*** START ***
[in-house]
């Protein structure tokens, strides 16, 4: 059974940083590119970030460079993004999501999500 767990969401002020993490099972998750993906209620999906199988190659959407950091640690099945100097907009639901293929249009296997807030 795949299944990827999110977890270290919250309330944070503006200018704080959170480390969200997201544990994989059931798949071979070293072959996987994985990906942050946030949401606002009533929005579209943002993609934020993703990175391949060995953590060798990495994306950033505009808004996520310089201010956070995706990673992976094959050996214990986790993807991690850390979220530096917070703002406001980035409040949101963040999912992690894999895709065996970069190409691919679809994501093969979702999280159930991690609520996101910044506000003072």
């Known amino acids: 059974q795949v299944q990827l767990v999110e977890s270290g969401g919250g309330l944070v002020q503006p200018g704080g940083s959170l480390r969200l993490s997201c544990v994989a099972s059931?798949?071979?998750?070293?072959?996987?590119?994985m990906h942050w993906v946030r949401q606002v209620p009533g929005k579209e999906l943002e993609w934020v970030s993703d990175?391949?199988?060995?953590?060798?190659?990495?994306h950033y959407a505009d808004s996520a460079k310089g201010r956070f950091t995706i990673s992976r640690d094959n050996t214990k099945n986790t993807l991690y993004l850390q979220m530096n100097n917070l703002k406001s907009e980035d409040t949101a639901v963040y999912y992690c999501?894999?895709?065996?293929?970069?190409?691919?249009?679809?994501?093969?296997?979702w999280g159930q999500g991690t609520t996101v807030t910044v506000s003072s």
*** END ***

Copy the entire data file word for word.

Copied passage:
[in-house]
């Protein structure tokens, strides 16, 4: 059974940083590119970030460079993004999501999500 767990969401002020993490099972998750993906209620999906199988190659959407950091640690099945100097907009639901293929249009296997807030 795949299944990827999110977890270290919250309330944070503006200018704080959170480390969200997201544990994989059931798949071979070293072959996987994985990906942050946030949401606002009533929005579209943002993609934020993703990175391949060995953590060798990495994306950033505009808004996520310089201010956070995706990673992976094959050996214990986790993807991690850390979220530096917070703002406001980035409040949101963040999912992690894999895709065996970069190409691919679809994501093969979702999280159930991690609520996101910044506000003072």
């Known amino acids: 059974q795949v299944q990827l767990v999110e977890s270290g969401g919250g309330l944070v002020q503006p200018g704080g940083s959170l480390r969200l993490s997201c544990v994989a099972s059931?798949?071979?998750?070293?072959?996987?590119?994985m990906h942050w993906v946030r949401q606002v209620p009533g929005k579209e999906l943002e993609w934020v970030s993703d990175?391949?199988?060995?953590?060798?190659?990495?994306h950033y959407a505009d808004s996520a460079k310089g201010r956070f950091t995706i990673s992976r640690d094959n050996t214990k099945n986790t993807l991690y993004l850390q979220m530096n100097n917070l703002k406001s907009e980035d409040t949101a639901v963040y999912y992690c999501?894999?895709?065996?293929?970069?190409?691919?249009?679809?994501?093969?296997?979702w999280g159930q999500g991690t609520t996101v807030t910044v506000s003072s």